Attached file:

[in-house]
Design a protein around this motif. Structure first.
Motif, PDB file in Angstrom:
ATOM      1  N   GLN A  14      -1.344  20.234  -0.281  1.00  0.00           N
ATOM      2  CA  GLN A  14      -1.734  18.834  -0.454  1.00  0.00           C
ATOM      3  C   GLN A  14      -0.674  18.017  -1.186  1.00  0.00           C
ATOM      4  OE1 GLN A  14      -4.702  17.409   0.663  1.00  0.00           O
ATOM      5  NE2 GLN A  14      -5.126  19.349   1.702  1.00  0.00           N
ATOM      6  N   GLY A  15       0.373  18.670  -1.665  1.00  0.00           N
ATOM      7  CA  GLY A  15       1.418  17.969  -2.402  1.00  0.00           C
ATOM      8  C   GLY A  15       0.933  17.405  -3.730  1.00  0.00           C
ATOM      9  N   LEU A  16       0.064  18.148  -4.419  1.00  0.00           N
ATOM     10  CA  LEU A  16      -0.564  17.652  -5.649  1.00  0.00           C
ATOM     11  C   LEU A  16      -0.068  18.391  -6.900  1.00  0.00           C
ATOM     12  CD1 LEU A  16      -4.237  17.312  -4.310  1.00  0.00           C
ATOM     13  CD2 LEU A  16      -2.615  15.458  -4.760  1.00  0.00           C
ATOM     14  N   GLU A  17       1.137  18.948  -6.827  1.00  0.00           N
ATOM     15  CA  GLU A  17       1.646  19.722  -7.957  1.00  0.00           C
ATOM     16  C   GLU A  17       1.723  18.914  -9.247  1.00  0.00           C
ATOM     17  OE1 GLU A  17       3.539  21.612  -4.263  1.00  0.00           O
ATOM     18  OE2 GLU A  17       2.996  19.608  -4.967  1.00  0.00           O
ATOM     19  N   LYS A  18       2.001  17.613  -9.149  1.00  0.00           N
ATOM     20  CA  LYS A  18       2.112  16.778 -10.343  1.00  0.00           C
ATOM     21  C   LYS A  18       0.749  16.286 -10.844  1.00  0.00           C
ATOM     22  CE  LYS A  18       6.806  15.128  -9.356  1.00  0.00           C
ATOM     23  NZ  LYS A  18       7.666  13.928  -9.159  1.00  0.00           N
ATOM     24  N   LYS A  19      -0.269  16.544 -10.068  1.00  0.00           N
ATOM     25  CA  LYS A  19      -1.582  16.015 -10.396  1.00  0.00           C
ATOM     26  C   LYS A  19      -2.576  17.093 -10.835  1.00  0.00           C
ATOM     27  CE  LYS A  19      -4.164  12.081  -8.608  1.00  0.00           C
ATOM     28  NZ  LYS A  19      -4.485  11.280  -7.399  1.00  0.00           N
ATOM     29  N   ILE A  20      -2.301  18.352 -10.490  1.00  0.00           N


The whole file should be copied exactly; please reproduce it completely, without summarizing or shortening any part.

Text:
[in-house]
Design a protein around this motif. Structure first.
Motif, PDB file in Angstrom:
ATOM      1  N   GLN A  14      -1.344  20.234  -0.281  1.00  0.00           N
ATOM      2  CA  GLN A  14      -1.734  18.834  -0.454  1.00  0.00           C
ATOM      3  C   GLN A  14      -0.674  18.017  -1.186  1.00  0.00           C
ATOM      4  OE1 GLN A  14      -4.702  17.409   0.663  1.00  0.00           O
ATOM      5  NE2 GLN A  14      -5.126  19.349   1.702  1.00  0.00           N
ATOM      6  N   GLY A  15       0.373  18.670  -1.665  1.00  0.00           N
ATOM      7  CA  GLY A  15       1.418  17.969  -2.402  1.00  0.00           C
ATOM      8  C   GLY A  15       0.933  17.405  -3.730  1.00  0.00           C
ATOM      9  N   LEU A  16       0.064  18.148  -4.419  1.00  0.00           N
ATOM     10  CA  LEU A  16      -0.564  17.652  -5.649  1.00  0.00           C
ATOM     11  C   LEU A  16      -0.068  18.391  -6.900  1.00  0.00           C
ATOM     12  CD1 LEU A  16      -4.237  17.312  -4.310  1.00  0.00           C
ATOM     13  CD2 LEU A  16      -2.615  15.458  -4.760  1.00  0.00           C
ATOM     14  N   GLU A  17       1.137  18.948  -6.827  1.00  0.00           N
ATOM     15  CA  GLU A  17       1.646  19.722  -7.957  1.00  0.00           C
ATOM     16  C   GLU A  17       1.723  18.914  -9.247  1.00  0.00           C
ATOM     17  OE1 GLU A  17       3.539  21.612  -4.263  1.00  0.00           O
ATOM     18  OE2 GLU A  17       2.996  19.608  -4.967  1.00  0.00           O
ATOM     19  N   LYS A  18       2.001  17.613  -9.149  1.00  0.00           N
ATOM     20  CA  LYS A  18       2.112  16.778 -10.343  1.00  0.00           C
ATOM     21  C   LYS A  18       0.749  16.286 -10.844  1.00  0.00           C
ATOM     22  CE  LYS A  18       6.806  15.128  -9.356  1.00  0.00           C
ATOM     23  NZ  LYS A  18       7.666  13.928  -9.159  1.00  0.00           N
ATOM     24  N   LYS A  19      -0.269  16.544 -10.068  1.00  0.00           N
ATOM     25  CA  LYS A  19      -1.582  16.015 -10.396  1.00  0.00           C
ATOM     26  C   LYS A  19      -2.576  17.093 -10.835  1.00  0.00           C
ATOM     27  CE  LYS A  19      -4.164  12.081  -8.608  1.00  0.00           C
ATOM     28  NZ  LYS A  19      -4.485  11.280  -7.399  1.00  0.00           N
ATOM     29  N   ILE A  20      -2.301  18.352 -10.490  1.00  0.00           N